In the early '70s, I was bouncing around Nashville searching for good steelmen. With me was Sonny Curtis, at that time the steel player for George Jones' Jones Boys. We passed Demon's Den and heard some guy trying to play hoe-downs on a steel, but wasn't quite cutting it. Sonny and I elbowed our way inside and learned that the player was Jernigan. That was the first time I had heard Doug, although word of him had been circulating for some time. I commented to Sonny that no one would ever be able to play steel at the speed of a fiddle or banjo player, except for short riffs. I told Sonny, "The kid should give up trying." Fortunately, Doug never heard my comment, not that he should have paid any attention.
From the beginning, Doug was a visionary. He knew the steel guitar was capable of being played at speeds that rivaled the three other lead instruments more identified for their speed of playing: the fiddle, guitar, and banjo. Doug was determined, eventually perfecting banjo rolls and fiddle riffs needed for complete tunes. He then duplicated most of the tunes previously reserved for these instruments alone to play. Those skills and talent have become his major identifying markers. In those accomplishments, he became the fastest picking steelman of his day. That undaunted vision and his many other subsequent achievements led to his induction into the Steel Guitar Hall of Fame in 1994.
In his early years ('60s & '70s), Doug toured as a backup player for Ferlin Husky, David Houston, Jimmy Dickens, Faron Young, Vassar Clements, and many others. That road work honed his skills. In 1970 Ron Lashley of the Emmons Guitar Company recognized Doug's talent and produced his first album, Uptown To Country. That album was one of the finest ever recorded and surely ranks in the top 50 even to this day. Since then, Doug has recorded 6 more instrumental albums, shared billing on two others, and has been the session steel guitarist on countless recordings by such country music artists as Faron Young, Little Jimmy Dickins, Lorie Morgan, and David Frizzell.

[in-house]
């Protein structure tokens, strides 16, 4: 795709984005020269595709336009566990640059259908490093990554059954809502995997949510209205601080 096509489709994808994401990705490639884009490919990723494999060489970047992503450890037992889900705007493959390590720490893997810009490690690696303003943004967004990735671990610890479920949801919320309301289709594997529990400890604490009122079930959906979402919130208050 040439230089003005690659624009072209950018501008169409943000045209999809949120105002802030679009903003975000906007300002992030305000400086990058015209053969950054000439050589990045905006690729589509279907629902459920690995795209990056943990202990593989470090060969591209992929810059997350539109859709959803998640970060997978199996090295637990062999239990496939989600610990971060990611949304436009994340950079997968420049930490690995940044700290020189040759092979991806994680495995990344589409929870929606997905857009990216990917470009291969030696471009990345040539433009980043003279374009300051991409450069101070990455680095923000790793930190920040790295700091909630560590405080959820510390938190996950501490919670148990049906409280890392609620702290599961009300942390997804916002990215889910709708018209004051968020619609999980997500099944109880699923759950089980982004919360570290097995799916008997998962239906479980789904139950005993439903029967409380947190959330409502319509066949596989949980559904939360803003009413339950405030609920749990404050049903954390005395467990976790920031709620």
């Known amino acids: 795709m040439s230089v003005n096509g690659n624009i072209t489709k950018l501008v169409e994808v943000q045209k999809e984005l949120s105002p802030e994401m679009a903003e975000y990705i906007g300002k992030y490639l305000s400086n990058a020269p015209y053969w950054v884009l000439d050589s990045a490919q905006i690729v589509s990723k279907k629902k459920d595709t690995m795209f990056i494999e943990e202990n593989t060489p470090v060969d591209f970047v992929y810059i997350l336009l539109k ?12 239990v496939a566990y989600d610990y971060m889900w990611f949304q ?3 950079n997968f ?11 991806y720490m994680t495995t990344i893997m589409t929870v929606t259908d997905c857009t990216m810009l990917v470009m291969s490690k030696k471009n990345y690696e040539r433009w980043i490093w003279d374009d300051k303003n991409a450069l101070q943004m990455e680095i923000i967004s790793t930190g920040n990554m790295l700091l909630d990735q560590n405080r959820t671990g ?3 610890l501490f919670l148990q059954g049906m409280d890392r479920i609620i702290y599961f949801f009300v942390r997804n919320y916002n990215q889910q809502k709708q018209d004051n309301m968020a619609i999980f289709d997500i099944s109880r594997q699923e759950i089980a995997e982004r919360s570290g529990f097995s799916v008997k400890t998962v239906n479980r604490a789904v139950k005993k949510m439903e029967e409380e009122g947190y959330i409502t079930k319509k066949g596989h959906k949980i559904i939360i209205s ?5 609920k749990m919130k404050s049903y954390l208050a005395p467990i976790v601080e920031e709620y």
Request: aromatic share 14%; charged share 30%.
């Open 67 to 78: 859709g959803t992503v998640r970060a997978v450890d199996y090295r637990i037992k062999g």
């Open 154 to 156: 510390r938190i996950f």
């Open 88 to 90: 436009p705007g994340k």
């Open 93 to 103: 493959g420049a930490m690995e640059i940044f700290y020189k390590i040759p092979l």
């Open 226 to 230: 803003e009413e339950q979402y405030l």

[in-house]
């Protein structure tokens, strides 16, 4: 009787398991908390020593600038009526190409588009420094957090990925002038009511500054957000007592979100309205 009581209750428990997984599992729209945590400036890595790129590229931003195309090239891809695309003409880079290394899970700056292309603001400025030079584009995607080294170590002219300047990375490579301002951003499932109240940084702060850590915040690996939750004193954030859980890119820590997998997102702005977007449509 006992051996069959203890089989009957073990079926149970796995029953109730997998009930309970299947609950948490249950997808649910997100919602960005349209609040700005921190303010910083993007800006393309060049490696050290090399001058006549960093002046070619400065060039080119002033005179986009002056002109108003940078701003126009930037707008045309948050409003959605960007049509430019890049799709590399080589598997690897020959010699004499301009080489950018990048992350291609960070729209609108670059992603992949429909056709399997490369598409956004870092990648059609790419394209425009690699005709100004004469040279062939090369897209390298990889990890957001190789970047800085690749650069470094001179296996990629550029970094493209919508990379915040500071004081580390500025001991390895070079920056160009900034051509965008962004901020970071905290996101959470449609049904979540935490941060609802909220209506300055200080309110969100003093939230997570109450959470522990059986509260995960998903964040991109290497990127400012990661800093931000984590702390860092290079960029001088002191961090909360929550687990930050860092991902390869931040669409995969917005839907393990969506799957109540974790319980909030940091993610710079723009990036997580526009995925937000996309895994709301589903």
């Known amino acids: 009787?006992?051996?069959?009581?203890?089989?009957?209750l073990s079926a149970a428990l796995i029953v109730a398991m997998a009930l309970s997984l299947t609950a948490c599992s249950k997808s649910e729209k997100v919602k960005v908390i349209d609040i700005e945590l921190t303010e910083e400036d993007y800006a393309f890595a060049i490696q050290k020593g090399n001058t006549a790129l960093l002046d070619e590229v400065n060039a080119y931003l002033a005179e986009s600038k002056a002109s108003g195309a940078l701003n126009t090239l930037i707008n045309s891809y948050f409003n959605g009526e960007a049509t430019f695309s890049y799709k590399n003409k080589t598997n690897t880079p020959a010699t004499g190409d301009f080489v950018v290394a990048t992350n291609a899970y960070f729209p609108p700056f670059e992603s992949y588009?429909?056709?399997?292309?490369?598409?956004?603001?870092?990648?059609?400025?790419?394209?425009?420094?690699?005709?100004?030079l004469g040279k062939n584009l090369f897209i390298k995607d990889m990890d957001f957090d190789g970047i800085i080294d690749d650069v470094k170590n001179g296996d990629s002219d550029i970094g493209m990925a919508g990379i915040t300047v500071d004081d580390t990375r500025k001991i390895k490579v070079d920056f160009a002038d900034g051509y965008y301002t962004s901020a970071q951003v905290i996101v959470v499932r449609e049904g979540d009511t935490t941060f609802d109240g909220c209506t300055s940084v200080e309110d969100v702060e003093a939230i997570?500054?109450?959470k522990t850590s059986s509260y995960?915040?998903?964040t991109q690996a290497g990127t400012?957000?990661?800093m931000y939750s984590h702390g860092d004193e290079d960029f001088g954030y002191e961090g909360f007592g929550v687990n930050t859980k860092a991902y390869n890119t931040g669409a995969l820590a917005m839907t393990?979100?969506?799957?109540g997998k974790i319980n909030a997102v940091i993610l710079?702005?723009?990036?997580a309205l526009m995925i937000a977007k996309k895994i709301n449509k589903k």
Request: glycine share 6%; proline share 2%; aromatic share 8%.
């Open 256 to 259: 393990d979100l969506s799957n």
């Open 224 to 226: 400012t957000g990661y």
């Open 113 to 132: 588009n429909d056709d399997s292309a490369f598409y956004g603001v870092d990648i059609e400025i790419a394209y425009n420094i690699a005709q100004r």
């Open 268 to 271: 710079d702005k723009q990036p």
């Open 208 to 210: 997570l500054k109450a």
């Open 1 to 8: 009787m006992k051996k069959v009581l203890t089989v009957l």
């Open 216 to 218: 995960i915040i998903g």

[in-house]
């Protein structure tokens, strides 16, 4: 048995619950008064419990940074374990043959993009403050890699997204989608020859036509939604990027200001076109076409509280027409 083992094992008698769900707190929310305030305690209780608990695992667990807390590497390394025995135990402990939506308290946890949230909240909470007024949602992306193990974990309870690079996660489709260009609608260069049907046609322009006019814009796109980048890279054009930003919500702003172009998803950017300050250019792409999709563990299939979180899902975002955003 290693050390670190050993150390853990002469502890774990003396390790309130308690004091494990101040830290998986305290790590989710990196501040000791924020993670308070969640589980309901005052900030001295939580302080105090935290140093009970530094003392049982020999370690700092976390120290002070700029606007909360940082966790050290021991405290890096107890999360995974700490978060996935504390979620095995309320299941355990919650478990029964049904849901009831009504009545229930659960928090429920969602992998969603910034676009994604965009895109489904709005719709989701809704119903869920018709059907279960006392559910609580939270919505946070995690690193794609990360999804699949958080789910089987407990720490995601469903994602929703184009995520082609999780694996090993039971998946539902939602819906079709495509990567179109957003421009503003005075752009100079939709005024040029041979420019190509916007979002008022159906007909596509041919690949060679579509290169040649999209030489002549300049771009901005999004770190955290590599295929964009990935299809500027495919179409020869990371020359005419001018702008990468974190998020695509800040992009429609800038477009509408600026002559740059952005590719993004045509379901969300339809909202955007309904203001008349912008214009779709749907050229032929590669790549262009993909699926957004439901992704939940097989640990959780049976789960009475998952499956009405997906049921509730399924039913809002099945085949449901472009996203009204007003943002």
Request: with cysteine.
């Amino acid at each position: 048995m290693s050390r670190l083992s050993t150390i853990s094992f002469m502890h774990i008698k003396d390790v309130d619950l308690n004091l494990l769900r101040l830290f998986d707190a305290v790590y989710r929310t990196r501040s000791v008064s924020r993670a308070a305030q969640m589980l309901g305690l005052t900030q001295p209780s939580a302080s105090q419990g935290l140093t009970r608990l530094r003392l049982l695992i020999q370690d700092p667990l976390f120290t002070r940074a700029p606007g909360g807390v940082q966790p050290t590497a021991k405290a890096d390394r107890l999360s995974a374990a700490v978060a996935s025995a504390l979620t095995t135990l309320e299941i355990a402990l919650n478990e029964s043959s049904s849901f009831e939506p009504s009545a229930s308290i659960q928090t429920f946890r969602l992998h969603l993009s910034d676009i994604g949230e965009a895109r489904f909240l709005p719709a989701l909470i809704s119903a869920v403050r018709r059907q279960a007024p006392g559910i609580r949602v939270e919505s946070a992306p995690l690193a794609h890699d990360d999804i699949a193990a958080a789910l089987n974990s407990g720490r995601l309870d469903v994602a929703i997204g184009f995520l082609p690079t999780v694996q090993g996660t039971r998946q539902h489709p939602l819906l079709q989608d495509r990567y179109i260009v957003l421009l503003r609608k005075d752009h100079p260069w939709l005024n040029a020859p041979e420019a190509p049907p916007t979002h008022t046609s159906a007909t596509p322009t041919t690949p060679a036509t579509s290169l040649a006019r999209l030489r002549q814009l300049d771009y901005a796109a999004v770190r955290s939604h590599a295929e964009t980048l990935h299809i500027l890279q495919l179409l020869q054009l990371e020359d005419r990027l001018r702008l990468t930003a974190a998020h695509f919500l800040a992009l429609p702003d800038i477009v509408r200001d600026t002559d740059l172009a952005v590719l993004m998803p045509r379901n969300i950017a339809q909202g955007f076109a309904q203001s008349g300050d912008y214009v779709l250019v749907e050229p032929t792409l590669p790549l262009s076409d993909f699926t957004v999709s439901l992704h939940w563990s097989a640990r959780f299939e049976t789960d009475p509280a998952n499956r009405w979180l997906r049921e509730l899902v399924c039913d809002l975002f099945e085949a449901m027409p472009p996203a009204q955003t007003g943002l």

Doug is not secretive and shares his playing abilities through a number of course booklets that are available. The cream of that instructional crop is listed elsewhere in this catalog. Those hoe-downs and banjo rolls look easy when revealed in tablature form. Keep in mind that Doug was perhaps the first one to figure out how to get them to flow from his E9th tuning, from beginning to end and with continuity. A remarkable achievement! For his many accomplishments, Doug was inducted into the Steel Guitar Hall of Fame in 1994.
Today, Doug tours as a concert performer, records with a host of Country Music stars and plays on the Opry constantly. He is one of the top 10 players in the world. He delivers country, bluegrass, jazz, pop, and blues with ease. Additionally, few are aware that he is also an accomplished dobro player. Besides all of the above, Doug is a gentleman dedicated to giving back what joy the instrument has given him. Don't miss an opportunity to see him in concert.